Objective: This research investigated the effects of a critical incident lethal force scenario on a panel of salivary biomarkers, measured at baseline and then at 10 and 30 minutes postscenario, in 141 law enforcement volunteer officers.
Methods: Officers were randomly assigned to two virtual reality scenarios. One scenario was brief and involved a police officer chasing a suspect on a motorcycle, confronting the suspect who draws a gun and shoots the police officer. The other scenario involved a lengthy chase by the police officer through a workplace of an armed perpetrator ultimately engaging in gunfire with the police officer. Saliva was analyzed for cortisol, secretory immunoglobulin A (sIgA), interleukin-6, and alpha-amylase concentrations.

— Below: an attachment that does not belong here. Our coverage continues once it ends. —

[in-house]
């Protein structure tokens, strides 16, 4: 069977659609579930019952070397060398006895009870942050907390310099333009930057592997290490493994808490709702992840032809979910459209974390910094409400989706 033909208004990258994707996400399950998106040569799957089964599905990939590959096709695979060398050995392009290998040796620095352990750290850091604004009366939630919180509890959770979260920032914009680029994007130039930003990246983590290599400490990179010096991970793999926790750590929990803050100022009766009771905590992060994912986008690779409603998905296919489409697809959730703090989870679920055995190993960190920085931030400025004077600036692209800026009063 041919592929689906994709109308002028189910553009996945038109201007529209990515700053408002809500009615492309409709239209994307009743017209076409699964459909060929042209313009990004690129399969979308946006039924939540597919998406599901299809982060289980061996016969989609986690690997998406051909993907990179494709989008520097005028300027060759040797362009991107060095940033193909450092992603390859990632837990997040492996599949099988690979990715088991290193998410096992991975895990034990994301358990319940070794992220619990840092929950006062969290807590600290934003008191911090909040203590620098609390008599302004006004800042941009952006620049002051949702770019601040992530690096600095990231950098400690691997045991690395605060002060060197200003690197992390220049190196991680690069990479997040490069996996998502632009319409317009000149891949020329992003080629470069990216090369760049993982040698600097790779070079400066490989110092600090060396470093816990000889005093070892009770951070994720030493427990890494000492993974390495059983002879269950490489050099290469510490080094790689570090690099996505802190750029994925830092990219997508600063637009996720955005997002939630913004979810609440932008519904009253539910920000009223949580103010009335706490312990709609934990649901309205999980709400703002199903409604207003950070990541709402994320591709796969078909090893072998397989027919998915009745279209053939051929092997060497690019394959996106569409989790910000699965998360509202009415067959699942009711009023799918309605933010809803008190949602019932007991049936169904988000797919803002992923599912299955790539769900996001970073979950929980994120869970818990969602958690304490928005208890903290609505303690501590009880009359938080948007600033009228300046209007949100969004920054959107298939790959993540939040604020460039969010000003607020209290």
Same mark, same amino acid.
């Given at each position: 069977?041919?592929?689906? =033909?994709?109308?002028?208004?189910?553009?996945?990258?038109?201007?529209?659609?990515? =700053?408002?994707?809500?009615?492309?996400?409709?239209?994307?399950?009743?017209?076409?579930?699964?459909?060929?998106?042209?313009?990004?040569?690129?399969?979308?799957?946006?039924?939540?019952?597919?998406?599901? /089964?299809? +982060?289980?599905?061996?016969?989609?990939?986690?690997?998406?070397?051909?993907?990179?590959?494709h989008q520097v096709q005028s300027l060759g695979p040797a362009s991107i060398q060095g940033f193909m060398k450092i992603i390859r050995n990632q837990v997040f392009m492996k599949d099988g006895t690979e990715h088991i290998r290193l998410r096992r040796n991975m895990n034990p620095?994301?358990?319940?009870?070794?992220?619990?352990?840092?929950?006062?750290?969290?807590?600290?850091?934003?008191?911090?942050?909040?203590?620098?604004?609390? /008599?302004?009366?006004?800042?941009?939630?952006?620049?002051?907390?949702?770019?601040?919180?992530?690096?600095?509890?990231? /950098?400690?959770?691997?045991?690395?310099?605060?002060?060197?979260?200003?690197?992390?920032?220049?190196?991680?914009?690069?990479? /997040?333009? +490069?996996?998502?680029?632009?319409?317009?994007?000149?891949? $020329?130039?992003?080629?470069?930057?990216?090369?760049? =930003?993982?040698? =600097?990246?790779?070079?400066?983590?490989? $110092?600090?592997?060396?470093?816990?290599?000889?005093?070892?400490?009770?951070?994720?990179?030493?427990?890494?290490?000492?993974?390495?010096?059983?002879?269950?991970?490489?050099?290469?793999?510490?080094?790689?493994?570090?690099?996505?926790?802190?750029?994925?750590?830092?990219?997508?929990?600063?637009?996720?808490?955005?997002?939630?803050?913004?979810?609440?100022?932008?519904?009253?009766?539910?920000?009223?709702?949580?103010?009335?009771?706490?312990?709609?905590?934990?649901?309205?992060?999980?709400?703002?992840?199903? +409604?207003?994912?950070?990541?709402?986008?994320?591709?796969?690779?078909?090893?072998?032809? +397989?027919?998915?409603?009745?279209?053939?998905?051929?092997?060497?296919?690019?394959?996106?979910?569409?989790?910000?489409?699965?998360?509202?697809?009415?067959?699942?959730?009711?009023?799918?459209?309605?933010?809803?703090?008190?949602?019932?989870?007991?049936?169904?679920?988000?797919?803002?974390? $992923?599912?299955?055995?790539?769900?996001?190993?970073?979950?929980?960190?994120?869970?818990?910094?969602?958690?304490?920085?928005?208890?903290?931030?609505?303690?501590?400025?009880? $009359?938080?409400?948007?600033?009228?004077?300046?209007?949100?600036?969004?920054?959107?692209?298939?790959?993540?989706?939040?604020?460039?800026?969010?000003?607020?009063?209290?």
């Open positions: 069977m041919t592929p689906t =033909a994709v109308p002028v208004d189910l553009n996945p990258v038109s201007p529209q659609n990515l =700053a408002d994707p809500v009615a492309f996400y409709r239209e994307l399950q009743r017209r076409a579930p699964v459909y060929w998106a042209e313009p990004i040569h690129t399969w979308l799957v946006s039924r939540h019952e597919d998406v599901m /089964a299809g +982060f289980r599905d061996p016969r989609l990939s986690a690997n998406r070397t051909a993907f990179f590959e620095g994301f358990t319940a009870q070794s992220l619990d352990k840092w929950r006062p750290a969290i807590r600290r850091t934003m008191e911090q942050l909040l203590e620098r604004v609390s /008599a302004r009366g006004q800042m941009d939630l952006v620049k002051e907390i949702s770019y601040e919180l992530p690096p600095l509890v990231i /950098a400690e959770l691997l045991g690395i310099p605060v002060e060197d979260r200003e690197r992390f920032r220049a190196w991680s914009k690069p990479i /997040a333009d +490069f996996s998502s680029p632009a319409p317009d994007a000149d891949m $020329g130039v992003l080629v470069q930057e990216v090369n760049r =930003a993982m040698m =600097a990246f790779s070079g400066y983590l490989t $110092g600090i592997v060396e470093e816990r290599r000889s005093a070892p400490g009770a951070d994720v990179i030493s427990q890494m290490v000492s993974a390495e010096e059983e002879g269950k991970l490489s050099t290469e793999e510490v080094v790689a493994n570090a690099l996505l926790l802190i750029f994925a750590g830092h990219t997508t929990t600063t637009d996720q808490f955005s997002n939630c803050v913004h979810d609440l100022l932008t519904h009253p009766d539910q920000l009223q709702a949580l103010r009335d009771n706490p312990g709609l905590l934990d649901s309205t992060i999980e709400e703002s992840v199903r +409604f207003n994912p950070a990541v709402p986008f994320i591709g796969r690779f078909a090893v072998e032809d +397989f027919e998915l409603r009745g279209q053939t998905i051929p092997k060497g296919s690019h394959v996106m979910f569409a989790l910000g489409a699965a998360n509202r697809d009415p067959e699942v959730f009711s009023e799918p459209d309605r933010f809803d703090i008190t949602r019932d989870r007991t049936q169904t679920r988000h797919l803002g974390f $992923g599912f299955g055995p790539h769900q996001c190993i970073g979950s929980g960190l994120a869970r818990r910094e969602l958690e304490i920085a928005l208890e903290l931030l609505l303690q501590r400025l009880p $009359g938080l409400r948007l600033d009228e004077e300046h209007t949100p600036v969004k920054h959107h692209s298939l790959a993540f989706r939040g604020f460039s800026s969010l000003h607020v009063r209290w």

Results: The “workplace” scenario produced the largest responses in biomarkers, with significant rises in cortisol, interleukin-6, alpha-amylase, and secretory immunoglobulin A. These data suggest that virtual reality can produce stress and immune effects.
Conclusions: This research suggests that virtual reality scenarios produce physiologic stress responses, mimicking occupational stress.